Neviim Tovim/TheHaftarah Circle Gillian Gould Lazarus

Yehezkiel the Presser, Bessarabian Bogdan and a former Chief Rabbi of Rome

Posted on: July 18, 2018

During the Kishinev pogrom in Easter 1903, a mob armed with kitchen and farming implements burst into the cottage of Yehezkiel the Presser. Approaching Yehezkiel with his hatchet raised, Bogdan took the time to ask him a question: ‘Who killed Jesus?’

Yehezkiel’s wife and daughters had climbed out on to roof and he hoped that they might make a getaway, so he played for time.

‘First of all,’ he said, ‘I think the answer to your question is the Romans. That Pilate, he was the one. All right, I know he wasn’t happy with the judgment. I know he went full Lady Macbeth with the washing of hands. You can blame the burden of governance if you like.’

Bogdan’s response came quickly as he swung his hatchet.

‘You killed Jesus,’ he said.

‘Here’s another thing,’ replied Yehezkiel. ‘The events you’re referring to, they’re not recent. By my calculations, they happened – what? Eighteen hundred and seventy years ago. Well, I’m fifty three, Bogdan. I wasn’t there. You know that as well as I do.’

‘Christ killer,’ answered Bogdan. ‘Child murderer.’

‘Believe me,’ Yehezkiel assured him, ‘I have every admiration for Jesus, whom you call Christ. It’s just a pity he didn’t write it all down himself because those biographers, you know, one of them says it’s Thursday and another one says it’s dinner time. Four evangelists, forty opinions. So I hear. But this was all far away, as well as long ago. Wonderful climate, they tell me, in the Holy Land. Not like Bessarabia. Brrr. The winter we had. Have you got cherries yet in your orchard? No? Well it’s early days.’

Bogsdan was now inches away. You might say that he eyeballed Yehezkiel but he was so much taller, he would have had to crouch to do any serious eyeballing.

‘Admit you killed Jesus,’ he advised Yehezkiel.

I’d be lying if I told you Yehezkiel didn’t consider saying it. Who knows? Bogdan might then spare his life. Or not. The point was, Bogdan had brought a crowd with him and Yehezkiel didn’t want to give them the wrong idea, so he said, ‘This I did not do.’

Bogdan then employed his hatchet so thoroughly that Yehezkiel had no opportunity to say ‘Shema Yisrael’.

He died. By some miracle, his wife and daughters got away.

*

You can no more say ‘This isn’t about Israel’ than Yehezkiel could say ‘It isn’t about the crucifixion’. Antisemites may be the adjudicators of what this is about.  You can say ‘The Romans did it and besides, I wasn’t there.’ You can say that Israel doesn’t bear all the guilt and besides, I’m not there.  Or you can say ‘Israel has all the power and bears all the guilt so I repudiate it.’ Historically, those who converted were allowed to live. If you are living and working in a milieu where Israel is considered the supreme evil, you might think that the right thing is to cut yourself loose from its rocky embrace.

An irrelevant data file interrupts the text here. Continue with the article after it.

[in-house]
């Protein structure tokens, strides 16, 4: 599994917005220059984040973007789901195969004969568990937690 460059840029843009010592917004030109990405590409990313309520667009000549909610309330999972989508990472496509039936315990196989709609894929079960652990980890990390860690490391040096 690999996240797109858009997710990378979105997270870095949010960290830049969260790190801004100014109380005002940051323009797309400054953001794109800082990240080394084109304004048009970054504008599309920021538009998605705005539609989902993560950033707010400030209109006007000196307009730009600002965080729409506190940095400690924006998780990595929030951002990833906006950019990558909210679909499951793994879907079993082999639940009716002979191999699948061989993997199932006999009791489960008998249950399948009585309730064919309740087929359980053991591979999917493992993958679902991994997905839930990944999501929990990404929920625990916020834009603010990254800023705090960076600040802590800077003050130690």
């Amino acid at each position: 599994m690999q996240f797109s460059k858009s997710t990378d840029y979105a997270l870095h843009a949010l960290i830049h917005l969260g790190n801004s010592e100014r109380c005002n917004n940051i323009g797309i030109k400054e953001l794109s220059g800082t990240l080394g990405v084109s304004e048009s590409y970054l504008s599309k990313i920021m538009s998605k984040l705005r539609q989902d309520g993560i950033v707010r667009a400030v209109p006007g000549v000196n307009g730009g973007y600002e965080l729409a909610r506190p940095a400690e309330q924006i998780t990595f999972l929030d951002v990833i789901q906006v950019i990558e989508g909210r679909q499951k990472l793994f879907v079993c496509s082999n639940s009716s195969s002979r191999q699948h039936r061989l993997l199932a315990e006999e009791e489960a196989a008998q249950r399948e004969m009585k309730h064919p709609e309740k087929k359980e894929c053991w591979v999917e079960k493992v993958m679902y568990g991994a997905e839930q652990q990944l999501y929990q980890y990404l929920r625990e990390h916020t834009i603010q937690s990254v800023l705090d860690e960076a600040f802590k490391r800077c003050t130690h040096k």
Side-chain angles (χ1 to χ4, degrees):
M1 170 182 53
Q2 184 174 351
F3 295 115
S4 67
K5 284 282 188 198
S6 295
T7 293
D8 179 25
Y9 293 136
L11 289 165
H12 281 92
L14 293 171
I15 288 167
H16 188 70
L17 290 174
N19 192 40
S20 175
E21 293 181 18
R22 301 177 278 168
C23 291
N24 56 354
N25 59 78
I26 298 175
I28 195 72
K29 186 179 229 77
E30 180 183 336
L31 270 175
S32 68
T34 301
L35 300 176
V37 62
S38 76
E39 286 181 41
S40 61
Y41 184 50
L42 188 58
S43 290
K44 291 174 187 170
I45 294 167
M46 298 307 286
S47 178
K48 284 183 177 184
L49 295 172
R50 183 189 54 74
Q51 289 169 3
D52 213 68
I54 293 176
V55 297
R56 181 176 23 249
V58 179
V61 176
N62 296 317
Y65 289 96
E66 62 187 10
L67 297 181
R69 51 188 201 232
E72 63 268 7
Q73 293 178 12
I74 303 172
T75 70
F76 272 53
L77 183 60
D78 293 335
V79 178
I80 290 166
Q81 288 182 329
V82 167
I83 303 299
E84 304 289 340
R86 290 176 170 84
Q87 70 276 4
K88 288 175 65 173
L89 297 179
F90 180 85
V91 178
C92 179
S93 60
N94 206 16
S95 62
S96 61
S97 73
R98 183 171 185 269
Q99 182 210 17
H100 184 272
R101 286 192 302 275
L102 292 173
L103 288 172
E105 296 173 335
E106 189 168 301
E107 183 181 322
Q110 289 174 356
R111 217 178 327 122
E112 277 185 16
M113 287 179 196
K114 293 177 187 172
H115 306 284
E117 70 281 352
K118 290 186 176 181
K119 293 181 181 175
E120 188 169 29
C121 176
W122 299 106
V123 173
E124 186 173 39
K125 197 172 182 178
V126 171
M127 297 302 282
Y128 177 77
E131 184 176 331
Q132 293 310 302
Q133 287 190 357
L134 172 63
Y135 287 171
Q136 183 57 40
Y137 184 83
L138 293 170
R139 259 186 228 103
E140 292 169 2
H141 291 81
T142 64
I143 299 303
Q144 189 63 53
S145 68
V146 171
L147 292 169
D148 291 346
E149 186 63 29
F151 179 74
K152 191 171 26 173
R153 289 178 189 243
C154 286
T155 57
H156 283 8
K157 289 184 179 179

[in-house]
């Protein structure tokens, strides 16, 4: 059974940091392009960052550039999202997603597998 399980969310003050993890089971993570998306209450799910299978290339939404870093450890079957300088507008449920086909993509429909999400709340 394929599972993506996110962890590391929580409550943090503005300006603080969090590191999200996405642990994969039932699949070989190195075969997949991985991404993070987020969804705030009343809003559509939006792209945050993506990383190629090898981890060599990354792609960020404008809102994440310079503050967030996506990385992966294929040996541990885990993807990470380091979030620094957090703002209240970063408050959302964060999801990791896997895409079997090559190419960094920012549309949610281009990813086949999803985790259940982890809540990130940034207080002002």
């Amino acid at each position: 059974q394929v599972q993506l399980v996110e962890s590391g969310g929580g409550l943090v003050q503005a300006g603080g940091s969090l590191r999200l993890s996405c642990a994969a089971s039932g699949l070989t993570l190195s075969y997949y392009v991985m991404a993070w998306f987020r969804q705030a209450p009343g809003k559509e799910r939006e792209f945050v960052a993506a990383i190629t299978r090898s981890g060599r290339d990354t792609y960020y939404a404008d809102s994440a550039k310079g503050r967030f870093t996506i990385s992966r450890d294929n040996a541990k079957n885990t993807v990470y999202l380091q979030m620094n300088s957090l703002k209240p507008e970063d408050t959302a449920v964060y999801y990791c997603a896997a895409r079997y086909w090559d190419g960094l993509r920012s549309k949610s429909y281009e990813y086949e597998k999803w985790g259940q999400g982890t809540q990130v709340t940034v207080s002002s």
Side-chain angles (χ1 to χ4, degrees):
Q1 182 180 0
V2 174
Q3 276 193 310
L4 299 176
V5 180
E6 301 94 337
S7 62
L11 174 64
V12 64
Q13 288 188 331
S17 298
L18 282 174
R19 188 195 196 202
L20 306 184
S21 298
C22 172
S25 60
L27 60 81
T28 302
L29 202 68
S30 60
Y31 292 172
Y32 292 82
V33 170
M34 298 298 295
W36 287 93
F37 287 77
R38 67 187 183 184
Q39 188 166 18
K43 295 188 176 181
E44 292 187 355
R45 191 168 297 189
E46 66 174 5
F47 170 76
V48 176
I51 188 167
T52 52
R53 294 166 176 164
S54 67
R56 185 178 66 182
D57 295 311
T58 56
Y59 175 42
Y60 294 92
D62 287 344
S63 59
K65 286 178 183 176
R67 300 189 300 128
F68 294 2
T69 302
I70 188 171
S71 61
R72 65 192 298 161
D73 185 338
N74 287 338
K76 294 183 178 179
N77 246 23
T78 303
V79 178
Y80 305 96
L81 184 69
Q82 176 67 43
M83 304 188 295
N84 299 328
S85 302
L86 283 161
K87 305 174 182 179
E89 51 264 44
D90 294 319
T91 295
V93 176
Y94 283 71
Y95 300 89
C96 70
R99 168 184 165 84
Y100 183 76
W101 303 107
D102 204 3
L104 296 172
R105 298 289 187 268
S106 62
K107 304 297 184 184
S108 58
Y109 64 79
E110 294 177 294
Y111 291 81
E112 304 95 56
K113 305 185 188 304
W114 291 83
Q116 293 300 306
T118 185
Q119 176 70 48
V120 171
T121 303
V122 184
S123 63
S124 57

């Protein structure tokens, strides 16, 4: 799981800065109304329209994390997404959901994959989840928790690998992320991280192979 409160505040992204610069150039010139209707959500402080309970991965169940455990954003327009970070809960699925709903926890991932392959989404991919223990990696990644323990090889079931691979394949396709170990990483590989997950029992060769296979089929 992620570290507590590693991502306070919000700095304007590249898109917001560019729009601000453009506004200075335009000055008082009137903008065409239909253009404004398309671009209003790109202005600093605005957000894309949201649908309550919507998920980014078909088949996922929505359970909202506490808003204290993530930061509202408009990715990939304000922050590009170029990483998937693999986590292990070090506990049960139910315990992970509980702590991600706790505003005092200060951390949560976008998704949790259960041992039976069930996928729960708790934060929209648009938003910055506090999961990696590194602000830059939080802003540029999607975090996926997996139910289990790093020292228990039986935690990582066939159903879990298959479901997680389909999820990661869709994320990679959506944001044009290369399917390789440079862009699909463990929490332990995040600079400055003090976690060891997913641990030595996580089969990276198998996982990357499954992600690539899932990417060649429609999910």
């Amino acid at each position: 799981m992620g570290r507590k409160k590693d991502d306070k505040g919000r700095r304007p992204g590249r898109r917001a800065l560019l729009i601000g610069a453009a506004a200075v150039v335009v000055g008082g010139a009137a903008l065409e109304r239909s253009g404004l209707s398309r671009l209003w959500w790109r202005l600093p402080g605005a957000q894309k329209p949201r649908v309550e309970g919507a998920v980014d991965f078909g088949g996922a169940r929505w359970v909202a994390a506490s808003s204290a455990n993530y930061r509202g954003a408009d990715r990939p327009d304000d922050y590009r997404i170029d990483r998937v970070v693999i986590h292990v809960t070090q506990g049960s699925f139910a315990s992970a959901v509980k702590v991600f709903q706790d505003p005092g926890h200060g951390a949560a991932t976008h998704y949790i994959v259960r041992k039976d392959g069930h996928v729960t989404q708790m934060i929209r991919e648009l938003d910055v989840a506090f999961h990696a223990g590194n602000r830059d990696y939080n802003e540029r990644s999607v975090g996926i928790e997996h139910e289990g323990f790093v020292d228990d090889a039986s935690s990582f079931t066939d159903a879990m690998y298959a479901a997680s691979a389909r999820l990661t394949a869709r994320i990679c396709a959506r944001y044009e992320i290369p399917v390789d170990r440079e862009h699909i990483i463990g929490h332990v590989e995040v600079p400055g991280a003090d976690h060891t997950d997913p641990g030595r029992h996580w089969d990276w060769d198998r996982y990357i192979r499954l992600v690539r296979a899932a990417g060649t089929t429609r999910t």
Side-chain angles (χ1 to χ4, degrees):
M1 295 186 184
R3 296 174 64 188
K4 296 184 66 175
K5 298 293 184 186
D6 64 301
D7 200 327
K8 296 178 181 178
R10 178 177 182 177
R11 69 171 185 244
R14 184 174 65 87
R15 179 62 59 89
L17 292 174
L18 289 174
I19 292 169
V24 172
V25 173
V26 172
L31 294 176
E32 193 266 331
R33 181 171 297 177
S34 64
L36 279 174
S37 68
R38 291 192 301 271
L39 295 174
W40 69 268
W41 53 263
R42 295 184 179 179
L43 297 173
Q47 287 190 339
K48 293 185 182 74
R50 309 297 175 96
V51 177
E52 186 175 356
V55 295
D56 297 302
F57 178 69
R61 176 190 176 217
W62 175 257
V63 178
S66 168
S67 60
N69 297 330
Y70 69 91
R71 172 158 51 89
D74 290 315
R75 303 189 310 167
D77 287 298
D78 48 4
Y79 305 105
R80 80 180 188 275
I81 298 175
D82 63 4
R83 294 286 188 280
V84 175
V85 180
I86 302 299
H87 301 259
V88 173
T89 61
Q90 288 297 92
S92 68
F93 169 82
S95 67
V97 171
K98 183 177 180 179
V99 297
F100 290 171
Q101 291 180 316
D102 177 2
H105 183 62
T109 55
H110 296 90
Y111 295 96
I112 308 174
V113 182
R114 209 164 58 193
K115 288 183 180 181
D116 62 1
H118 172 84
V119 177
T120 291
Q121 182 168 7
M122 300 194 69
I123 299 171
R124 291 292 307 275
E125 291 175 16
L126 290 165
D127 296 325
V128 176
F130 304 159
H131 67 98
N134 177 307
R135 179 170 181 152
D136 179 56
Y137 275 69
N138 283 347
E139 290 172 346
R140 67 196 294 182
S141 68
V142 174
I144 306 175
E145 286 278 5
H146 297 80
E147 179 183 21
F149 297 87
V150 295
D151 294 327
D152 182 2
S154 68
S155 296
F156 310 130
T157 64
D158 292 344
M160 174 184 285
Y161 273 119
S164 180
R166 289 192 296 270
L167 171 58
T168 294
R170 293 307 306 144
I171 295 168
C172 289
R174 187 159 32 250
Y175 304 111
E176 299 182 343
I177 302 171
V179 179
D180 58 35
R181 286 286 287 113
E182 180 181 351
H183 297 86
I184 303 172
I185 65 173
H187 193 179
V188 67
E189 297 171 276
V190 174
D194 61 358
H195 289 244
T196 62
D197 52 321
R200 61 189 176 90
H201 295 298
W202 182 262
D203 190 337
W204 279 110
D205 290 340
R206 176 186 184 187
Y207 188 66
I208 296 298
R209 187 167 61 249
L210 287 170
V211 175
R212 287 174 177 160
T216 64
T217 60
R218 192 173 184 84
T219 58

You might think the New Testament supersedes the Old Testament and that converting is the righteous way. I’m the first to agree that the Christian scriptures are beautiful; well, second, if you count Yehezkiel; third really, because of Rabbi Lionel Blue. In the medieval disputations, there were Franciscan and Dominican friars who had started their education at the Talmud Torah but, following conversions, became fierce adversaries of Jews and Judaism.

Apostasy happens in modern times too. Israel Zolli who was the Chief Rabbi of Rome in 1945 was baptized and chose the name Eugenio in honour of Pope Pius XII, a controversial pope if ever there was one.

Renouncing and denouncing Israel is not like apostasy.  You can make a religious case against Zionism, as Neturei Karta and others have done.

This is where I get controversial. When you denounce Israel, Eugenio Zolli is watching with approval. Pablo Christiani and Nicholas Donin extend their ghostly hands to you. And maybe – but maybe not – Bogdan lets you live.

As for me, I’m a voter, like everyone else; the decisions of the Israeli government and the UK government are not my decisions  and not necessarily what I voted  for, but I want to be able to express pride in the two countries which are, in a sense, my two parents: England, the mother who bore me and Israel, the father who engendered me.

Rarely a day passes without someone – and very often it’s someone declaring their support for Mr Corbyn – without someone saying to me ‘But what about Israel. They did this and they do that and you’re complicit.’ It’s a fact that I’ve only ever been called a murderer since opening a Twitter account.

In one way, they are right. They say that this question of Labour antisemitism is all about Israel, and it is. In the way that the Kishinev pogrom was about the crucifixion, Labour antisemitism is about Israel. From their point of view, Zionism is the  πρῶτον κινοῦν ἀκίνητον or primus motor, the uncaused cause of many ills.

I don’t buy that.

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